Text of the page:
- NWA 12691, NWA 12760
- 103.8 kilogram(s)
- Western Sahara ()
Of the 417 documented lunar meteorites (as of Sep 2020), the largest in overall mass discovered to date is NWA 12691, a lunar feldspathic breccia recovered from the Western Sahara/Algeria border region in January 2017, whose multiple pieces weighed in at a total 103.8 kg (228 lb 13.4 oz); the largest of these discrete pieces was 15.555 kg (34 lb 4.7 oz). The largest single fragment of a lunar meteorite found to date is NWA 12760, another feldspathic breccia recovered from the same area of Africa, weighing 58.090 kg (128 lb), which was found in April 2017. Both meteorites have been officially signed off by The Meteoritical Society.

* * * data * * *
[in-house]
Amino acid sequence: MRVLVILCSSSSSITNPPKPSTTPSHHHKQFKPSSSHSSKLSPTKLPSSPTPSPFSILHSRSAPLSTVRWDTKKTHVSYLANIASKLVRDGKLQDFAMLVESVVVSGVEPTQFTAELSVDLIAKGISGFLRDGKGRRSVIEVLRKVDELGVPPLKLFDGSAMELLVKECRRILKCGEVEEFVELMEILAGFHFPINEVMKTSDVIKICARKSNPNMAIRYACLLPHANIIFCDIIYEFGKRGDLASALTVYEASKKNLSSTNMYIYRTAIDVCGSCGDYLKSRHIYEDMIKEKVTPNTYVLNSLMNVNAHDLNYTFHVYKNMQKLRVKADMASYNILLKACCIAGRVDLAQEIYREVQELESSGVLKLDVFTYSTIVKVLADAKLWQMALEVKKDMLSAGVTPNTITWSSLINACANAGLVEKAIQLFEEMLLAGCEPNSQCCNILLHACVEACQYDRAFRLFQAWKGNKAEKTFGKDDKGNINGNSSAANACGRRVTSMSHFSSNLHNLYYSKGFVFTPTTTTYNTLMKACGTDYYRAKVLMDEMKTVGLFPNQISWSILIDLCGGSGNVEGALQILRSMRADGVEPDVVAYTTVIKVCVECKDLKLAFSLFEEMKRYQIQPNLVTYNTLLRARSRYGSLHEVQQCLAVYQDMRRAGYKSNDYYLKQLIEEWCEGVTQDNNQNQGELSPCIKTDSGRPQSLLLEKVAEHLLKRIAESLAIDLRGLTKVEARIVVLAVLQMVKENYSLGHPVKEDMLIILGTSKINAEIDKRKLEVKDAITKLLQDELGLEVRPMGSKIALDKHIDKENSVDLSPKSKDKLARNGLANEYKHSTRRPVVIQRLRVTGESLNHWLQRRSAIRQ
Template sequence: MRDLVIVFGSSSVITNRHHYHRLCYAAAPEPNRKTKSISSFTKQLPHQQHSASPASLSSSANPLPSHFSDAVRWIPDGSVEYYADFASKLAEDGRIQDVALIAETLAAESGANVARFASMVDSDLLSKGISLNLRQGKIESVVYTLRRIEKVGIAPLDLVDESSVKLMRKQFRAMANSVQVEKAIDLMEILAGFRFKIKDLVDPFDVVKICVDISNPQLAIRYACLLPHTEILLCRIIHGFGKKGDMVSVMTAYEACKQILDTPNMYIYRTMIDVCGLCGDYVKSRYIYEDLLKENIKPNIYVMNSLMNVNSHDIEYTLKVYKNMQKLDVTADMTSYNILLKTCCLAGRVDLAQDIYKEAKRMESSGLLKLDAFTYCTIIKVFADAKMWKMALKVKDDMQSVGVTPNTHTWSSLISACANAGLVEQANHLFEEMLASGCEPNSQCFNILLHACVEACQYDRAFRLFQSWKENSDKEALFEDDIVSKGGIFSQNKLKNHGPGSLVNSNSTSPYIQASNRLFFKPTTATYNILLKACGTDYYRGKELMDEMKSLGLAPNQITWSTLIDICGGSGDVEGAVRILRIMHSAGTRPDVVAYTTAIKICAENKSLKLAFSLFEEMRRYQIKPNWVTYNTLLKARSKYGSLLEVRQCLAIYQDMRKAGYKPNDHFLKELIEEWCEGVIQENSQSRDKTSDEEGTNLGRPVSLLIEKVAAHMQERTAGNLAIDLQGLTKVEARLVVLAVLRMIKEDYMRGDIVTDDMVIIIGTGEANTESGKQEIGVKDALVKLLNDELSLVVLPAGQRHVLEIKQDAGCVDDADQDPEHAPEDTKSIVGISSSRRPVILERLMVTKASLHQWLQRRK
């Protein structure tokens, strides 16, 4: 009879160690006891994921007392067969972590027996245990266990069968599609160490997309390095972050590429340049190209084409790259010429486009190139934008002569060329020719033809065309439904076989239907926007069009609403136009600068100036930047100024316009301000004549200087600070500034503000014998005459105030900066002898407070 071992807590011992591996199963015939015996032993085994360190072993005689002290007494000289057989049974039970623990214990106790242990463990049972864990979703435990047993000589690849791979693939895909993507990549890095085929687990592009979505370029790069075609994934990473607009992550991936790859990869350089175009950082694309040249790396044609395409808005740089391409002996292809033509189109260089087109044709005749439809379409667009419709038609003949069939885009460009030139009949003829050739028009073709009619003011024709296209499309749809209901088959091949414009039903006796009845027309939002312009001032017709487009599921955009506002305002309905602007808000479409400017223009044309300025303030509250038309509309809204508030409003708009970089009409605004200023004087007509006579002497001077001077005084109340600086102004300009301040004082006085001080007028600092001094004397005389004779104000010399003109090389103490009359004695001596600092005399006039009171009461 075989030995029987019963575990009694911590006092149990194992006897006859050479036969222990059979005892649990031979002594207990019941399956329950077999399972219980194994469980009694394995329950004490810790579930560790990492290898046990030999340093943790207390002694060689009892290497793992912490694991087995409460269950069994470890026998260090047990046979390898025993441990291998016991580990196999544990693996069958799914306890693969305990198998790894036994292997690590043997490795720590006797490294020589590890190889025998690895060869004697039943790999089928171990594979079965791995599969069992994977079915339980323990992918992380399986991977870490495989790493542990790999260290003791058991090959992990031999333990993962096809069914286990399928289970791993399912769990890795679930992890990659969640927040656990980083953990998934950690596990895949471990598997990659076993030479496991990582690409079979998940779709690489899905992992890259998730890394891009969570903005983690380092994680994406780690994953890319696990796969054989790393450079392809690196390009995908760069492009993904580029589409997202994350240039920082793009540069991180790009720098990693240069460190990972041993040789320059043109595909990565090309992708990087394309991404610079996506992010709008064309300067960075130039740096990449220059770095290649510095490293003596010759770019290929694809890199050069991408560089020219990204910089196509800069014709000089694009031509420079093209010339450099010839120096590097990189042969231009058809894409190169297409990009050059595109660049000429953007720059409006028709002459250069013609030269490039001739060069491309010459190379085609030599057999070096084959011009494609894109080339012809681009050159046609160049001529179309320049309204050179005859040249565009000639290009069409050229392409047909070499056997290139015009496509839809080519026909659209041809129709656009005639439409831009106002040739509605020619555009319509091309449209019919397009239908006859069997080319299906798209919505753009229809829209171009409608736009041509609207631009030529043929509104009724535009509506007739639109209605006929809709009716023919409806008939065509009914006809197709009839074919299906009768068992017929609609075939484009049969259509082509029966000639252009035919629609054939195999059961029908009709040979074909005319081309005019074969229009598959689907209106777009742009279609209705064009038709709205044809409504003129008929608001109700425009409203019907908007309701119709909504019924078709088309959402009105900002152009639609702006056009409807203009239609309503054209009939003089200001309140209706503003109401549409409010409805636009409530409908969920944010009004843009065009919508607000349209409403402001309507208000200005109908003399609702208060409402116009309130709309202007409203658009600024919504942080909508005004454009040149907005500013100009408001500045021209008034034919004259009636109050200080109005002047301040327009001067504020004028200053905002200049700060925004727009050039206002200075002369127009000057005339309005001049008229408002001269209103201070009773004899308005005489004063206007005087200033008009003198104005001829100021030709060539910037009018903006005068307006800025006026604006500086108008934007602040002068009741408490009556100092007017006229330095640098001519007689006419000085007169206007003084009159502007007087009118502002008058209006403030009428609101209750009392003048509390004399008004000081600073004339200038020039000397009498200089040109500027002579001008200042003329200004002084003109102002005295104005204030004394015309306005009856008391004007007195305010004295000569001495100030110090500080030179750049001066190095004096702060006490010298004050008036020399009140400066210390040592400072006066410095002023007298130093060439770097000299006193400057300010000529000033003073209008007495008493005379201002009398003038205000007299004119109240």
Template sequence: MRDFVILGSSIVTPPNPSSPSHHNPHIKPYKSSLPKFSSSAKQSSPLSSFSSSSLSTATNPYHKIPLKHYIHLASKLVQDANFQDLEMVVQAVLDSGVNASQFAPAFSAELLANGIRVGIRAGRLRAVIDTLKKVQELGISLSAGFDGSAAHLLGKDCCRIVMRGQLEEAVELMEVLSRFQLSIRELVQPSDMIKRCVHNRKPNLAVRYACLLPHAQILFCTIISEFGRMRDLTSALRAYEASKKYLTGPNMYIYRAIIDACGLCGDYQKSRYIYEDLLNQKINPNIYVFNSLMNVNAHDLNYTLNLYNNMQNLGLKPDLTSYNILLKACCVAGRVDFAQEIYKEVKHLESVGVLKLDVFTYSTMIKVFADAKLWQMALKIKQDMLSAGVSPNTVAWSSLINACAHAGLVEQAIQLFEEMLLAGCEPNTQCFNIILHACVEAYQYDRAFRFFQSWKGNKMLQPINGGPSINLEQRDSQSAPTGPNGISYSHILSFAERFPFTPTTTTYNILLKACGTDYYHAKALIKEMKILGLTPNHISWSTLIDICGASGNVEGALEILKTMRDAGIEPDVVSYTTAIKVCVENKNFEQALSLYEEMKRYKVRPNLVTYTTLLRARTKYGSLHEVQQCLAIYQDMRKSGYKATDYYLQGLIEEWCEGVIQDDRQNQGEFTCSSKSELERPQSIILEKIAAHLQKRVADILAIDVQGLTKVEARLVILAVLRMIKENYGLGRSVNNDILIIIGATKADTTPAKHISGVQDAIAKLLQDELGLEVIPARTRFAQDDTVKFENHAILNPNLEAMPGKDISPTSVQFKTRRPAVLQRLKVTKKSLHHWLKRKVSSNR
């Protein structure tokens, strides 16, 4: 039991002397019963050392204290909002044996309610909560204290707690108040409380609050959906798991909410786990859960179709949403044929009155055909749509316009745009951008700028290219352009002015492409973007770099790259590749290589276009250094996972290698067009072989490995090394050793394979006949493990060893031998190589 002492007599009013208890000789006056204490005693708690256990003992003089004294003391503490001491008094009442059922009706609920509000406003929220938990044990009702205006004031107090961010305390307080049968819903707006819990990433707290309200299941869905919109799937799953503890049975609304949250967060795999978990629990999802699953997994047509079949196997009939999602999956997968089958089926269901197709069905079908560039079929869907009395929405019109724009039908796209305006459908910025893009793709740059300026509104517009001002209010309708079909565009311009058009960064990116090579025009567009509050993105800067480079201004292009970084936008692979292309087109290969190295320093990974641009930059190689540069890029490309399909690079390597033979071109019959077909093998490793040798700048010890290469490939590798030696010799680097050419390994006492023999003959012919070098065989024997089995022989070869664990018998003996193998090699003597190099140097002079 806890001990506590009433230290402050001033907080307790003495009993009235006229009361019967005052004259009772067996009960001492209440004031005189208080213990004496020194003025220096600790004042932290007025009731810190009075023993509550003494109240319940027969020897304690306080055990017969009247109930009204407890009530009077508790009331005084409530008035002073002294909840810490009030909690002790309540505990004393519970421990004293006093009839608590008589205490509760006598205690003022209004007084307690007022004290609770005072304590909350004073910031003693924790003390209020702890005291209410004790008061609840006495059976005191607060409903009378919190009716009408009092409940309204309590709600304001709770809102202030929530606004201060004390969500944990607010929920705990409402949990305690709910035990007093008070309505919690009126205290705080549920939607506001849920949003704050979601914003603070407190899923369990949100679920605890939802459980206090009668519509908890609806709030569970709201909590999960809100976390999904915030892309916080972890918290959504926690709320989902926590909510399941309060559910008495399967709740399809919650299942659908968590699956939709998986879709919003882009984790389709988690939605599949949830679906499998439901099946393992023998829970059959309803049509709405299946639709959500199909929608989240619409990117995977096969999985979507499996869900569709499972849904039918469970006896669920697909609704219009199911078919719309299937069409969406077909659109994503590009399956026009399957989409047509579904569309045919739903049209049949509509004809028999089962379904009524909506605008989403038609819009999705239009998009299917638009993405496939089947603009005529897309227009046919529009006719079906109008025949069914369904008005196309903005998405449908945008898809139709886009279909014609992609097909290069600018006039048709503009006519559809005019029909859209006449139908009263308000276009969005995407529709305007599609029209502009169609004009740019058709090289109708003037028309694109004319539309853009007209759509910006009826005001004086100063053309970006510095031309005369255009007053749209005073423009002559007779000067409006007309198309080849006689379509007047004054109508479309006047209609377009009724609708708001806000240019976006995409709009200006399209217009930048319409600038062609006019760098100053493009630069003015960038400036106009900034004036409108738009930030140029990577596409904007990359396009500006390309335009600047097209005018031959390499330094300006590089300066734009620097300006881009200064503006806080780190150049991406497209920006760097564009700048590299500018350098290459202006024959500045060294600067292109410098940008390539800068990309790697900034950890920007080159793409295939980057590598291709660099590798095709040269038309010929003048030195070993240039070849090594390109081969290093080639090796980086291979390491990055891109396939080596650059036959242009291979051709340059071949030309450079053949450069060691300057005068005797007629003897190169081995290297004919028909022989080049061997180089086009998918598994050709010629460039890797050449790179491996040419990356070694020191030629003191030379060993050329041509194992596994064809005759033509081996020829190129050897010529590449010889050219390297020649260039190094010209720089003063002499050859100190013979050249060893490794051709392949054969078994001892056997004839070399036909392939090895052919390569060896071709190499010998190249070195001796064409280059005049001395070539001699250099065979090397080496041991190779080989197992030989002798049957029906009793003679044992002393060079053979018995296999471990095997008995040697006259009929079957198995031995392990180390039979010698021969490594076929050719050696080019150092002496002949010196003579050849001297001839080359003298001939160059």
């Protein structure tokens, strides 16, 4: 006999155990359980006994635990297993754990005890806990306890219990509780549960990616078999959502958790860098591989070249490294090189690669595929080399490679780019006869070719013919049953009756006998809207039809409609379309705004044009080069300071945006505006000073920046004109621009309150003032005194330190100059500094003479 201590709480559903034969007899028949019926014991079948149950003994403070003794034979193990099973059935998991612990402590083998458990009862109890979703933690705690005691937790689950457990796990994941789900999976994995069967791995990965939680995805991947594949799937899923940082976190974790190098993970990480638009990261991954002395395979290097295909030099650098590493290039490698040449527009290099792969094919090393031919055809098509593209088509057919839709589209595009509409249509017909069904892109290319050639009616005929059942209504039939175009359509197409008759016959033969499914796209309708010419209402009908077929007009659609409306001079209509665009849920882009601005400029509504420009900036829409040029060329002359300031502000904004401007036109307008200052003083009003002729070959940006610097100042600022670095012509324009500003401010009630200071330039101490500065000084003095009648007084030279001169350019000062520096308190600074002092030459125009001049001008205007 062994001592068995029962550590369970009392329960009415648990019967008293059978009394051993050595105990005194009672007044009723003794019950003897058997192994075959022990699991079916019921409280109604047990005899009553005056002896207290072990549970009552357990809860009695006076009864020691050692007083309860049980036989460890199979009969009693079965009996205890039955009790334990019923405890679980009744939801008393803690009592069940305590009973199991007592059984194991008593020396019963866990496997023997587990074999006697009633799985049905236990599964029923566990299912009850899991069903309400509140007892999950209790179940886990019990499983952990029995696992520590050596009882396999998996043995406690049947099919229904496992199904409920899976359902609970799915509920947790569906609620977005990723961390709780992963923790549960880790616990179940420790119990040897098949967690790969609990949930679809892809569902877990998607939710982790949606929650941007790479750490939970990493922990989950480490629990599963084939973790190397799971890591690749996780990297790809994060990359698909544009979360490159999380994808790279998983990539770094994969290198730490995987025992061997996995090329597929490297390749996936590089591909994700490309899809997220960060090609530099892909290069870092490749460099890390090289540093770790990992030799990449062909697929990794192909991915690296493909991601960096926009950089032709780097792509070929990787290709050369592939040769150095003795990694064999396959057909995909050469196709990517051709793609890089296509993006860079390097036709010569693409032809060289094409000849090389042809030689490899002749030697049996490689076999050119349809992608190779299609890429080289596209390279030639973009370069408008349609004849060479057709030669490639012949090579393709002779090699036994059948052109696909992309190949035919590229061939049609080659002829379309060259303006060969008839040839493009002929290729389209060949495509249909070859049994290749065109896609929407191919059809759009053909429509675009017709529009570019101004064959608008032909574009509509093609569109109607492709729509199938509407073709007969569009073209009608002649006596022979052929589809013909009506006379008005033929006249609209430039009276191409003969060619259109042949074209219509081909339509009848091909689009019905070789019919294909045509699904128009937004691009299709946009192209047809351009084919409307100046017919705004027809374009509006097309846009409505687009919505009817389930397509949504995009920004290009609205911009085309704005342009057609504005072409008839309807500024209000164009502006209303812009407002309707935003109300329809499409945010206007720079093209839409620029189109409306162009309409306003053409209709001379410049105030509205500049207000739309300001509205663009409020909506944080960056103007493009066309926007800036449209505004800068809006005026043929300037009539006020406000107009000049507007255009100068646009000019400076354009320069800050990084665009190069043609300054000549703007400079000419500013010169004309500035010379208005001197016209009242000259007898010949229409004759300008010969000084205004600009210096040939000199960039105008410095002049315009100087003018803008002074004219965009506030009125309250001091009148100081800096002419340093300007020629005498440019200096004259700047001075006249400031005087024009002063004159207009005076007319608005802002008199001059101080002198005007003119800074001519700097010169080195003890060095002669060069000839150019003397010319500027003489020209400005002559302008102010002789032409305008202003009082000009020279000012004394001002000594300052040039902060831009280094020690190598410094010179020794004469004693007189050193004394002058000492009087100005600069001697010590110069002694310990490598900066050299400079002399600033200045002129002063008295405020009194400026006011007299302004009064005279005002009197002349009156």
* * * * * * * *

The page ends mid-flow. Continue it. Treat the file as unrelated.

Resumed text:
The prefix "NWA" refers to north-west Africa, where thousands of meteorites have been recovered; the space rocks are easier to detect in barren landscapes such as deserts and ice sheets.
Both lunar meteorites were purchased by Darryl Pitt, curator of the Macovich Collection of Meteorites.
Minerals that were present in both meteorites include anorthite, olivine, pigeonite, augite and chromite, among others.
For NWA 12691, beyond the 15.555-kg fragment, other sizeable pieces weighed 15.435 kg, 13.650 kg, 12.480 kg, 8.960 kg and 3.460 kg; nine specimens were between 1 and 4 kg, 31 specimens were between 100 and 500 g, and there were numerous smaller fragments.